Over the past decade, few ETFs have been as hated (or really, really hated and occasionally loved) as the VXX Volatility ETN. After the spectacular implosion of the inverse VIX ETN/ETF universe in February's 5-sigma VIXtermination event...
...the VXX emerged as the largest VIX exchange-traded product (ETP). However, it is far more memorable for the fact that since its inception ten years ago, VXX shares have lost over 99.9% of their value during the past ten years, with the current $40.11 share price corresponds to an initial price of $102,400 at initiation in 2009 (adjusting the initial $100 price for 1:4 splits in 2010, 2012, 2013, 2016, and 2017).
Yet while discouraging, Goldman's derivatives strategist Rocky Fishman writes that this strong negative performance needs to be viewed in the context of historically unfavorable conditions. Since the VXX was launched, the SPX has more than tripled, and volatility has fallen relentlessly, with 3-month SPX realized volatility lower than it had been in the previous 3 months 62% of the time – the highest frequency since the 1940’s. This led to steep volatility curves in much the last 10 years and a high cost of protection, which the subsequent downside failed to justify. Meanwhile, in moments of severe volatility the VXX has been a powerful hedge... one just had to time then.
What is more notable, is that 2018 is on pace to become the VXX’s first up-year, with its share price up 45% year-to-date. The SPVXSP, the index behind the VXX, had substantial full-year gains in 2008 and 2007 as well. On a shorter-horizon basis, the VXX share price doubled in each of the major volatility spikes of 2010, 2011, 2015, and 2018.
Yet all of the above will soon be moot: next month the VXX will cease to exist, because as Goldman reminds us this morning, next month, the VXX will finally be laid to rest when it reaches its long-scheduled maturity date.
To commemorate the VIX's imminent passing, the Goldman strategist fondly remembers its "hedging" abilities, writing that "even though the VXX has had strongly negative returns over its 10-year life, most of which was a historic S&P 500 bull market, this year has become another reminder of how powerful long volatility can be as a hedge."
More to the point, Fishman has published a Q&A which addresses next month’s maturity event, current ETP positioning, and the economics of unlevered long VIX ETPs.
Below we excerpt and highlights the key points from what will, in just a few weeks, be literally a VXX post-mortem.
1. What is happening to the VXX in January? Will the VXX continue to exist following the end of January?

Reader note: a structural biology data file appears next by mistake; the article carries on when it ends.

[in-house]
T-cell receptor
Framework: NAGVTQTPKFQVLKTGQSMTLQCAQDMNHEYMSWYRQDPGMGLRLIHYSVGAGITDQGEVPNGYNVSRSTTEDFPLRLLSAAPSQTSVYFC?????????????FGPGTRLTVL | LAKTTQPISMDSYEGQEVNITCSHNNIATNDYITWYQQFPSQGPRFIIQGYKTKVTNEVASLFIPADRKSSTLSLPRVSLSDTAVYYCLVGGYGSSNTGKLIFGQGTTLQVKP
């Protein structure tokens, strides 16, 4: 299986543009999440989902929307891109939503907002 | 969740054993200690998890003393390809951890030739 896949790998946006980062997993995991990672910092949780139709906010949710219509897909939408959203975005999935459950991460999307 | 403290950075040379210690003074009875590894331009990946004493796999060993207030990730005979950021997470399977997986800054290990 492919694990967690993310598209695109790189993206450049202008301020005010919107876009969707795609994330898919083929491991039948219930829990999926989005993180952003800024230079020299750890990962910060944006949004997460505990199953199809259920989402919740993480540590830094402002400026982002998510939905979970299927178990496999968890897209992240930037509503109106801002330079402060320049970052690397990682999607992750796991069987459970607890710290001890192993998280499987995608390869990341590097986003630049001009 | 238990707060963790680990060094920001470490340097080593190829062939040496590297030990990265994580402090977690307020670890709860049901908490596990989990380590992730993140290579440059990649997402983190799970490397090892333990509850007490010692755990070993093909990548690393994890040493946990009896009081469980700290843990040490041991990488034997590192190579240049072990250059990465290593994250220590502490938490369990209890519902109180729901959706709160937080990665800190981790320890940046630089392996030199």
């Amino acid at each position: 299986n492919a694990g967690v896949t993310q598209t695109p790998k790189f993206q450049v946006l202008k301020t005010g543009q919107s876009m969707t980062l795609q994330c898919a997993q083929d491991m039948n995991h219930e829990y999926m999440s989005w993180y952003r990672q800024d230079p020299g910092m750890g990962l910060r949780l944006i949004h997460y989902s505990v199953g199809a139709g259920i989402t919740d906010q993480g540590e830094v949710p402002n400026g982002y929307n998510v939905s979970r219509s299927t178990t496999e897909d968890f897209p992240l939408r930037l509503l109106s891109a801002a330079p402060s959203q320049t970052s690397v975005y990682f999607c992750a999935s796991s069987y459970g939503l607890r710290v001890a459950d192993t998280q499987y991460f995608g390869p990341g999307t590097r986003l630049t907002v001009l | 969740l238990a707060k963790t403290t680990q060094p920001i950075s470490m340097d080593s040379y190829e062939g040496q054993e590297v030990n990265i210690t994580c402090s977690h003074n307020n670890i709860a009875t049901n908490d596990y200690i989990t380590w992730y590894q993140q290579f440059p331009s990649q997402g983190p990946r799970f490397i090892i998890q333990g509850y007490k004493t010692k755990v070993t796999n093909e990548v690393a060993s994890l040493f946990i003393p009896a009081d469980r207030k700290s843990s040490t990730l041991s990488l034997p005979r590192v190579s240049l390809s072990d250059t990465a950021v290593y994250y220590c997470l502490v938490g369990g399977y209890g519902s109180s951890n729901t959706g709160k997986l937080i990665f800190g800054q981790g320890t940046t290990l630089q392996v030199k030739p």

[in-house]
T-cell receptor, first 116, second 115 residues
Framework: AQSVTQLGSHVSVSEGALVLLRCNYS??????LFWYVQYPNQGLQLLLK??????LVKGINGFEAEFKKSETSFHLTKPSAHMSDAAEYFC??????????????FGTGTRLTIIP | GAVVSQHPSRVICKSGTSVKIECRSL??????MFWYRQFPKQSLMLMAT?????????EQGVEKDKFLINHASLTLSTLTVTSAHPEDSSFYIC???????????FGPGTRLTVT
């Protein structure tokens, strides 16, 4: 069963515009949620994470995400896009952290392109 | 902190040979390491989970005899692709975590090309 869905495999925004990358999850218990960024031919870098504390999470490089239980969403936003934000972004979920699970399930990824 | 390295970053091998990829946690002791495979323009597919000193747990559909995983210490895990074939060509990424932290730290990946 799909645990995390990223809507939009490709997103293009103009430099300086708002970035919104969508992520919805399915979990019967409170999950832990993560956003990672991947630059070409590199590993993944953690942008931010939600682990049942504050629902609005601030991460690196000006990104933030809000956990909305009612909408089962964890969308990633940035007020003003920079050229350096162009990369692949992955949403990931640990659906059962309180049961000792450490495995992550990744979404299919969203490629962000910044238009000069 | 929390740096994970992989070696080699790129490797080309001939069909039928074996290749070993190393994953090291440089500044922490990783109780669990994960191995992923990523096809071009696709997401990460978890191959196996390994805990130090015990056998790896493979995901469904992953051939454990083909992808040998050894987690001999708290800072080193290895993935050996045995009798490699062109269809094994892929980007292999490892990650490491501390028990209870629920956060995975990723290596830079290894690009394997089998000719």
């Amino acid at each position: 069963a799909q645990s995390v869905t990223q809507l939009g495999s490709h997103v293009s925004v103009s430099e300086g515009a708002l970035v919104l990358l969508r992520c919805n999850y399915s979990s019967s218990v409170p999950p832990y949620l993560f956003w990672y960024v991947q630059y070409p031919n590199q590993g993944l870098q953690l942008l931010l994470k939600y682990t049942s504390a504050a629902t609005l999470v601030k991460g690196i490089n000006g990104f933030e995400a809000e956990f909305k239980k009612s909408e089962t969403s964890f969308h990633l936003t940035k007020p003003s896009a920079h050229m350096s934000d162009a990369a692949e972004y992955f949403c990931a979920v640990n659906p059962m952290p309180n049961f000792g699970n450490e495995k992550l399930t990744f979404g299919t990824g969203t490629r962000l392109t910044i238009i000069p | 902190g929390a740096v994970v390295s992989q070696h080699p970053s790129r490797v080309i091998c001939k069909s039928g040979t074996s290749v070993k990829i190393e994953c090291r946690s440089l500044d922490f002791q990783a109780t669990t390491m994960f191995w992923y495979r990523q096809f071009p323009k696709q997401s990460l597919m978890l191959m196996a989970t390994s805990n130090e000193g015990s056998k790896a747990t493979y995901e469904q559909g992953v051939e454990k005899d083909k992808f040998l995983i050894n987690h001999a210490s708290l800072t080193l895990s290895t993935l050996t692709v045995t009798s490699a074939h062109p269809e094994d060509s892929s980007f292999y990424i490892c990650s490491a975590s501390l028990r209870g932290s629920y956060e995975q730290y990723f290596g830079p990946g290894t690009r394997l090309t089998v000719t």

The largest and oldest VIX ETP, the VXX (iPath S&P 500 VIX Short-Term Futures ETN), will reach its final valuation date toward the end of next month, on January 29. The VXX currently has $850mm of AUM, representing around 40mm vega ($40mm per VIX futures point). Holders of the VXX on the final valuation date will receive a cash payment from the issuer equivalent to its NAV on that date, and subsequently the VXX will cease to exist. The same will happen with the smaller VXZ, which is similar to the VXX, but is based on the 4th through 7th listed monthly VIX futures, in contrast to the VXX’s exposure to the 1st and 2nd VIX futures.
2. Why does the VXX have a maturity date?
Exchange-traded notes (ETNs) are essentially debt instruments, and similar to other debt, they carry a fixed maturity date upon which security holders will receive a payment (in this case based on a formula that uses VIX futures prices). This contrasts with exchange-traded funds (ETFs) which are portfolios that hold assets, and can continue to exist indefinitely. Investors should expect to receive a cash payment equal to the final NAV for each share ($39.70 as of today). At this current price, it represents a return of -99.9% for investors that bought VXX shares at their initiation in 2009. An investment of $100 in 2009 would have declined to 4 cents after adjusting for five 1:4 splits.
3. What can investors do with existing VXX shares?
iPath’s VXXB ETN (launched earlier this year as a replacement for the VXX) and ProShares’s VIXY ETF both have nearly identical economics to the VXX. We expect that investors will replace VXX shares with one of these prior to 29-Jan. We discuss pros and cons of the two alternative products below. For the largest investors, redeeming VXX shares and creating VXXB shares at NAV on the same day may be an efficient way to avoid slippage while rolling this exposure, because the two transactions would both take place at their shared NAV.
4. What is the impact of the VXX maturity on VXX options?
The VXX maturity has prevented options from being listed with expirations beyond the 29-Jan final valuation date. The 18-Jan-2019 LEAP expiration has the largest open interest of current VXX expiries, and there is also a 25-Jan weekly expiration. We do not expect any impact of the maturity on these expirations. Historically, there had been strong interest in long-dated VXX options, with next month’s Jan-2019 expiration already showing $500mm of notional open interest a year ago (13 months before expiration). We expect growth in the VXXB and/or VIXY to lead to a return of long-dated options activity (the VXXB and VIXY both have listed options, but open interest in each is <3% of the VXX’s even after quick recent growth in VXXB options activity). Long-dated options on unlevered long VIX ETPs, essentially a risk-limited form of exposure to a volatility trading strategy, are useful as a short vol trade (puts) and as a convex protection strategy (calls).
5. Does the VXX’s maturity present any market risks?
The biggest risk raised by the maturity is that a sizable group of holders (or short positions, which currently represent nearly 200% of shares outstanding) do not roll their positions, leaving the issuer with a large long vega position to unwind on the final valuation date. We do not expect this to happen, as we expect investors to roll their positions to other products as we approach the maturity date. The 19-Jan options expiration is a key moment to watch, as holdings that are linked to option positions may be unwound simultaneously with the options’ expiring. Between now and 29-Jan, the VXX’s no-arbitrage mechanism, based on the facility to exchange shares for NAV, should continue to limit the potential for the note to experience material dislocations.